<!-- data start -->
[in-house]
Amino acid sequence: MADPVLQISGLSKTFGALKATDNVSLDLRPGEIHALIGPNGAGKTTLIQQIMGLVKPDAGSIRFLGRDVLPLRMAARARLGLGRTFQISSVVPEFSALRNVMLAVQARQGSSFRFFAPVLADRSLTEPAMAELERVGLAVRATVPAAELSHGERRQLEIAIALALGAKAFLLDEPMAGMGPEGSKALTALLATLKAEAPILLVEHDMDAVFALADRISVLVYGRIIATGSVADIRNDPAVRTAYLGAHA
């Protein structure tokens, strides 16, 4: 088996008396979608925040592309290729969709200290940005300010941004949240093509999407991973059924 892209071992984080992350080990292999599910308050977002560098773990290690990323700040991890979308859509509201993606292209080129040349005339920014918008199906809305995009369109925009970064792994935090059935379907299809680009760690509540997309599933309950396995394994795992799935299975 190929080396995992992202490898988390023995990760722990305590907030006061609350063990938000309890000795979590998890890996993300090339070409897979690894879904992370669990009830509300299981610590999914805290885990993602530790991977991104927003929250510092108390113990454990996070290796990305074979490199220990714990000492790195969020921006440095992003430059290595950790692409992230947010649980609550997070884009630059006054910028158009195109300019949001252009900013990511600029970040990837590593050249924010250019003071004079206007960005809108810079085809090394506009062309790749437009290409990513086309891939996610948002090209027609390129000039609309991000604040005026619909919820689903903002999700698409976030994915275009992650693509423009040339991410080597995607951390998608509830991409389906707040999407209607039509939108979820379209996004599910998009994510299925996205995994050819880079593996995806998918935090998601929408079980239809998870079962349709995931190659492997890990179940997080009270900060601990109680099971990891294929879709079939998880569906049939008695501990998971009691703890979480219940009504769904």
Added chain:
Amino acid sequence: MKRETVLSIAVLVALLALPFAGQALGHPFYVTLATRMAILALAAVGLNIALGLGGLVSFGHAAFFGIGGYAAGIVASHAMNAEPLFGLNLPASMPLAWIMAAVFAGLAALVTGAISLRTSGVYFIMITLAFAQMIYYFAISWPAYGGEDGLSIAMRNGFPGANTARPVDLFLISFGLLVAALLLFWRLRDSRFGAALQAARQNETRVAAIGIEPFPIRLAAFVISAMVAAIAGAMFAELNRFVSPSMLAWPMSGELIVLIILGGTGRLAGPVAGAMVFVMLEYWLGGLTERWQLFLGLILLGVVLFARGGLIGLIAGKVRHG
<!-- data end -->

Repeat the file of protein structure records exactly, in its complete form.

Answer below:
[in-house]
Amino acid sequence: MADPVLQISGLSKTFGALKATDNVSLDLRPGEIHALIGPNGAGKTTLIQQIMGLVKPDAGSIRFLGRDVLPLRMAARARLGLGRTFQISSVVPEFSALRNVMLAVQARQGSSFRFFAPVLADRSLTEPAMAELERVGLAVRATVPAAELSHGERRQLEIAIALALGAKAFLLDEPMAGMGPEGSKALTALLATLKAEAPILLVEHDMDAVFALADRISVLVYGRIIATGSVADIRNDPAVRTAYLGAHA
């Protein structure tokens, strides 16, 4: 088996008396979608925040592309290729969709200290940005300010941004949240093509999407991973059924 892209071992984080992350080990292999599910308050977002560098773990290690990323700040991890979308859509509201993606292209080129040349005339920014918008199906809305995009369109925009970064792994935090059935379907299809680009760690509540997309599933309950396995394994795992799935299975 190929080396995992992202490898988390023995990760722990305590907030006061609350063990938000309890000795979590998890890996993300090339070409897979690894879904992370669990009830509300299981610590999914805290885990993602530790991977991104927003929250510092108390113990454990996070290796990305074979490199220990714990000492790195969020921006440095992003430059290595950790692409992230947010649980609550997070884009630059006054910028158009195109300019949001252009900013990511600029970040990837590593050249924010250019003071004079206007960005809108810079085809090394506009062309790749437009290409990513086309891939996610948002090209027609390129000039609309991000604040005026619909919820689903903002999700698409976030994915275009992650693509423009040339991410080597995607951390998608509830991409389906707040999407209607039509939108979820379209996004599910998009994510299925996205995994050819880079593996995806998918935090998601929408079980239809998870079962349709995931190659492997890990179940997080009270900060601990109680099971990891294929879709079939998880569906049939008695501990998971009691703890979480219940009504769904």
Added chain:
Amino acid sequence: MKRETVLSIAVLVALLALPFAGQALGHPFYVTLATRMAILALAAVGLNIALGLGGLVSFGHAAFFGIGGYAAGIVASHAMNAEPLFGLNLPASMPLAWIMAAVFAGLAALVTGAISLRTSGVYFIMITLAFAQMIYYFAISWPAYGGEDGLSIAMRNGFPGANTARPVDLFLISFGLLVAALLLFWRLRDSRFGAALQAARQNETRVAAIGIEPFPIRLAAFVISAMVAAIAGAMFAELNRFVSPSMLAWPMSGELIVLIILGGTGRLAGPVAGAMVFVMLEYWLGGLTERWQLFLGLILLGVVLFARGGLIGLIAGKVRHG